NEW YORK — A federal spending bill will direct $800 million to cities like New York struggling to provide for thousands of migrants arriving from the southern border.
The money will be allocated to FEMA’s Emergency Food and Shelter humanitarian program for jurisdictions that have dealt with an influx of asylum seekers. It can pay the cost of shelter, food, transportation, basic health and first aid, Covid-19 testing and other supportive services to asylum seekers, including the construction and expansion of shelters.
It will be awarded through competitive grants that cities can apply for. Other municipalities like Washington, D.C., and Chicago have also received significant numbers of migrants.
New York City is expected to get a “substantial share” of the money, according to the person close to Schumer, who said the senator has already talked to FEMA about making sure New York gets a large chunk of the aid.
Mayor Eric Adams has been pleading for federal help to aid the 31,000 asylum seekers who have arrived in the city this year. New York City is expecting 1,000 more people a week to arrive when a federal restriction known as Title 42, which prohibited many asylum seekers from entering the country on public health grounds, expires. The rule had been scheduled to lift on Wednesday but was paused by the U.S. Supreme Court.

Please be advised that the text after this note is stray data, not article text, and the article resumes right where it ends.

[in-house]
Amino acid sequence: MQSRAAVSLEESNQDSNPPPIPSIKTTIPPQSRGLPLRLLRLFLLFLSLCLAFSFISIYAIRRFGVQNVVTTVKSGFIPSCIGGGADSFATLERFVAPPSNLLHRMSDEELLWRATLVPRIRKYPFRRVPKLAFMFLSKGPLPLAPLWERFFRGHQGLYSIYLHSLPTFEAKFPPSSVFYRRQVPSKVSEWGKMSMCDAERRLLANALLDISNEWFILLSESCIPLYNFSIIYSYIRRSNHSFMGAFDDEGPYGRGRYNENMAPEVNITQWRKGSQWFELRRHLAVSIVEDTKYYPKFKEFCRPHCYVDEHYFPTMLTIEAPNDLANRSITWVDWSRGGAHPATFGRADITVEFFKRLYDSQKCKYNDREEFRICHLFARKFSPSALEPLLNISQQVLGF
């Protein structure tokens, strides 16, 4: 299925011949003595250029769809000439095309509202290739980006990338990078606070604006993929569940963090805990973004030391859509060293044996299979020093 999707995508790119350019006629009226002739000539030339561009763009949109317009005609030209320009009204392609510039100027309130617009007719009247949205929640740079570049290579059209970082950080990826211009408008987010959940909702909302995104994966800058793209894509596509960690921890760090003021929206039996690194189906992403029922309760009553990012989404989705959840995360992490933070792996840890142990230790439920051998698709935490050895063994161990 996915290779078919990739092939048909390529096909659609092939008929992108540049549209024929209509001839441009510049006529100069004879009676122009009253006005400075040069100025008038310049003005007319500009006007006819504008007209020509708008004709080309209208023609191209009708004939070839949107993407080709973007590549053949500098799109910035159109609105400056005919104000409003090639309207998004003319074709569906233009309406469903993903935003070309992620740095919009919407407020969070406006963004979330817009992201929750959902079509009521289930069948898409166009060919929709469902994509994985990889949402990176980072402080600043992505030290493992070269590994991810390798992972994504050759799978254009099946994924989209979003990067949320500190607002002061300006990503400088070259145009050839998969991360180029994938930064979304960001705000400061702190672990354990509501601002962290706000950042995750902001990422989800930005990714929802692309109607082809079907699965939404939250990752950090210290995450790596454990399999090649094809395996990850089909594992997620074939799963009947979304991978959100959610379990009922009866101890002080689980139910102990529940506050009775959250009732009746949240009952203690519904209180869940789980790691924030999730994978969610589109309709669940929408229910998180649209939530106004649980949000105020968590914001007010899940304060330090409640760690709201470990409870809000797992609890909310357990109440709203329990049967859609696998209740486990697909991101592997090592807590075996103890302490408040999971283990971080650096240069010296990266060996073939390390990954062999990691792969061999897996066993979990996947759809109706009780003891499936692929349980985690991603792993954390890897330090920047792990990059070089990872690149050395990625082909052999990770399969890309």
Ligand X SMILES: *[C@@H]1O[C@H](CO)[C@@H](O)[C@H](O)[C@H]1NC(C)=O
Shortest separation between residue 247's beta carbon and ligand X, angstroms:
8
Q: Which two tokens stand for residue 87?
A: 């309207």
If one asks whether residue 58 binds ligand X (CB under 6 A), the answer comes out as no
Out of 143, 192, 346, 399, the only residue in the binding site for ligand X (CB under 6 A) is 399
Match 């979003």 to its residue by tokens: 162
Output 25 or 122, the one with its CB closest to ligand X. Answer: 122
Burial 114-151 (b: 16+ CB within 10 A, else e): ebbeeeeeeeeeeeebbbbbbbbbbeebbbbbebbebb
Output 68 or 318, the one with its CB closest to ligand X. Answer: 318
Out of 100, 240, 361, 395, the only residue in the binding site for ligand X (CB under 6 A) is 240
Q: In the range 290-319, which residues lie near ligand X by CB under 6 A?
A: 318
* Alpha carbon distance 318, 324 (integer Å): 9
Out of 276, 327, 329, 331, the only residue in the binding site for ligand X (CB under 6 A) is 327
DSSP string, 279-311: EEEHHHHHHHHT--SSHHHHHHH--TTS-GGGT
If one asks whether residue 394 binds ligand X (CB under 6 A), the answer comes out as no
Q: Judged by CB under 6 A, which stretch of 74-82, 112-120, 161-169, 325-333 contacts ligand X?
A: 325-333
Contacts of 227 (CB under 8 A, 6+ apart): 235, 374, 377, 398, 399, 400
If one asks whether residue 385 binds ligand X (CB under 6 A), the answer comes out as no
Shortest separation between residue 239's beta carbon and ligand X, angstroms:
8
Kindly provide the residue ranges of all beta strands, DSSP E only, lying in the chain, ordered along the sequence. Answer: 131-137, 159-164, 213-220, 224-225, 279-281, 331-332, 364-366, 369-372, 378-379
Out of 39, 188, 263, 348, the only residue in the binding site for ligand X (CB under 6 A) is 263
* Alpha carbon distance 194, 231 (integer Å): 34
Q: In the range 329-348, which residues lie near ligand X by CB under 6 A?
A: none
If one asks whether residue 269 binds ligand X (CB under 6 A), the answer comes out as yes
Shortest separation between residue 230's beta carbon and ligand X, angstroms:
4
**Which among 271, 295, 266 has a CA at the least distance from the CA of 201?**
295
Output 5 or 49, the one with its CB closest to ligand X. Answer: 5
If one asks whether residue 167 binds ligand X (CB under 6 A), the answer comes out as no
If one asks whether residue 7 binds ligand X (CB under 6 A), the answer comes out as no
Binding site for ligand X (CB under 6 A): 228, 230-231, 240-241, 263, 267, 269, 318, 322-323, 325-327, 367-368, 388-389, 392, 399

He welcomed the news in a statement Tuesday.
“We’re encouraged by the news of hundreds of millions in additional federal funding to support asylum seekers and look forward to receiving the resources we need here in New York City,” Adams said.
“With over 800 people arriving in the past four days alone, it’s clear that we still need a comprehensive strategy at our border and additional resources. We cannot be put in a position where we have to choose between services for New Yorkers and supporting arriving asylum seekers. Thank you to Senator Schumer, incoming Minority Leader [Hakeem] Jeffries, and our entire federal delegation for advocating so New York City gets the help we need and stepping up to address this crisis,” Adams said.
The $800 million for the Emergency Food and Shelter program represents a 433 percent increase from the $150 million allocated to it last year.